Quickly identify and drill down to the time of the problem by following the histogram analysis and dissect offending queries to find its source and why the query is slow.

SAM and DPA complement each other by providing two views of the database. Some views and metrics are used more frequently by system administrators, and others are used more by DBAs (or those system administrators who find themselves responsible for the database) and developers. The combination of the two provides the broadest and most complete monitoring solution.

SAM’s AppInsight for SQL monitoring

·SQL Server infrastructure monitoring

·Visualize database, application, operating system, and hardware dependencies

·Quickly visualize database status, capacity, logs, and job status

·Monitor the entire application stack from virtualization to storage

·Correlate between virtualization (VMware and Hyper-V) and server resource provisioning

·Identify top slow SQL queries

Database Performance Analyzer

·Quickly identify performance anomalies based on past query response time behavior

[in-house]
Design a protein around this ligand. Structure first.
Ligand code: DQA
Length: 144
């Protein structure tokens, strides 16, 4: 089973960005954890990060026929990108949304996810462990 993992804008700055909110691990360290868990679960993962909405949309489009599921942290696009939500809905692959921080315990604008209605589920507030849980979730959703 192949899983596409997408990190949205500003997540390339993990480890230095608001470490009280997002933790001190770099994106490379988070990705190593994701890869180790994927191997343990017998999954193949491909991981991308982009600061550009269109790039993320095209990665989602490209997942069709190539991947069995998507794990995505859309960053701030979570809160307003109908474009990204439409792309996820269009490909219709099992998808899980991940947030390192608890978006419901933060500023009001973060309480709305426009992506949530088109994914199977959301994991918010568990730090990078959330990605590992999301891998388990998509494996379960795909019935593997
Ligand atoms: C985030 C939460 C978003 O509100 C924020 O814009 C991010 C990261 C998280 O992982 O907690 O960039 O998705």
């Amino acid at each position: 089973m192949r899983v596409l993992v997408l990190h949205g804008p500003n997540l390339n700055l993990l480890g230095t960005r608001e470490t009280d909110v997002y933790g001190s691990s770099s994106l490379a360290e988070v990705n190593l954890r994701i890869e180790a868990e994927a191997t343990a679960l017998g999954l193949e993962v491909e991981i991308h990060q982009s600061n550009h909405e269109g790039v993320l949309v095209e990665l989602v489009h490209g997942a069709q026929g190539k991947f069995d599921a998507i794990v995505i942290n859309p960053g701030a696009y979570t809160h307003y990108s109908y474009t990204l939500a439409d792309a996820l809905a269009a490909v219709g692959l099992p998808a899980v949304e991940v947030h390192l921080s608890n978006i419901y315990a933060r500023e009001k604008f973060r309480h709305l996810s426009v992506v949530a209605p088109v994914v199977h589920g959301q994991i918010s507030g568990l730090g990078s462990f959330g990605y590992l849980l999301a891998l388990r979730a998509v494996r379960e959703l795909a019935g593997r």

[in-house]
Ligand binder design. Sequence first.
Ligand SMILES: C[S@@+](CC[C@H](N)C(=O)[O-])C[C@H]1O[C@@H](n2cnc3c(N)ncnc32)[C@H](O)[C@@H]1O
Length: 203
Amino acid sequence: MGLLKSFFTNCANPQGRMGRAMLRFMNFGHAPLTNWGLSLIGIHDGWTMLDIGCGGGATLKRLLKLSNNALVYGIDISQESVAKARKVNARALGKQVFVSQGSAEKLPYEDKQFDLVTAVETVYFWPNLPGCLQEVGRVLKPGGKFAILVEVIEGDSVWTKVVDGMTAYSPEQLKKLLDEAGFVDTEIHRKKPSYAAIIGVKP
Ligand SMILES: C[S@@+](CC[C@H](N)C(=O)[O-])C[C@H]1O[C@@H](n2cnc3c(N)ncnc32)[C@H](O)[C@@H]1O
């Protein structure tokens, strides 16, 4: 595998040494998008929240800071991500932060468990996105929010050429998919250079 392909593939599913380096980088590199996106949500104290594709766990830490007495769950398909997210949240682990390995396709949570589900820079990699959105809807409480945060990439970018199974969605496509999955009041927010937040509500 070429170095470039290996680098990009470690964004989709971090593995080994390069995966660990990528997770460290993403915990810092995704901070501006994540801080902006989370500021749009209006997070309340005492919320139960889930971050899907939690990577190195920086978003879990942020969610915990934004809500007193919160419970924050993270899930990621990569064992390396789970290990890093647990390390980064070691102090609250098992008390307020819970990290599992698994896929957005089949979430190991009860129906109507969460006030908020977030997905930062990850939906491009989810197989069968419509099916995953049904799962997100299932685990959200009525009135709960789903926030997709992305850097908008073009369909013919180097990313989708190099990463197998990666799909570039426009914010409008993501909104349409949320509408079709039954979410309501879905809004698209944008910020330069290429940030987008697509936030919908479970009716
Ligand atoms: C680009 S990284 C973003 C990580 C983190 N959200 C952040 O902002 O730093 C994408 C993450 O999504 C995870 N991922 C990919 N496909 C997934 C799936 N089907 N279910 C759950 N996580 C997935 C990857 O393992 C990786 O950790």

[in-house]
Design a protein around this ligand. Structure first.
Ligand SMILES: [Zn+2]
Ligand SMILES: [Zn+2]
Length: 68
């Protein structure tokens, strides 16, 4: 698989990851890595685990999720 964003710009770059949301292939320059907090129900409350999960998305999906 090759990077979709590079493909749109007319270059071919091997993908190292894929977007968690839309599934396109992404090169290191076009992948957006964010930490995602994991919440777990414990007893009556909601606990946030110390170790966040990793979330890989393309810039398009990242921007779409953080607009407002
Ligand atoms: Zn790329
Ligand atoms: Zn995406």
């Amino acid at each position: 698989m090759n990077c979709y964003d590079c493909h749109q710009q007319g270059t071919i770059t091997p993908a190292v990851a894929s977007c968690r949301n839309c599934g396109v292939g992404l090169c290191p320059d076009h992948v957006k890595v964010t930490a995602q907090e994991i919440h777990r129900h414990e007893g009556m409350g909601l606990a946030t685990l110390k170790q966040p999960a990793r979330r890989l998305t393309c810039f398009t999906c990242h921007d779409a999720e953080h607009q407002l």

·Identify which queries are driving inefficient workload and if indexing can improve performance for SQL Server and Oracle

·Database response time analysis for SQL Server, Oracle, MySQL, Postgres, DB2, and Sybase

·Identifies top issues causing slow response times in typically four clicks

·Detailed wait type analysis of SQL queries

· Correlates with VMware resource metrics (OS, physical host, and storage disk devices)

·Integrates with the Orion® Platform and allows deeper correlation with other Orion Platform modules

·Analyze performance from the perspective of programs, sessions, databases, and more.

There has been significant development in the last couple of years to help blend the two products, adding use cases and helping simplify the troubleshooting process.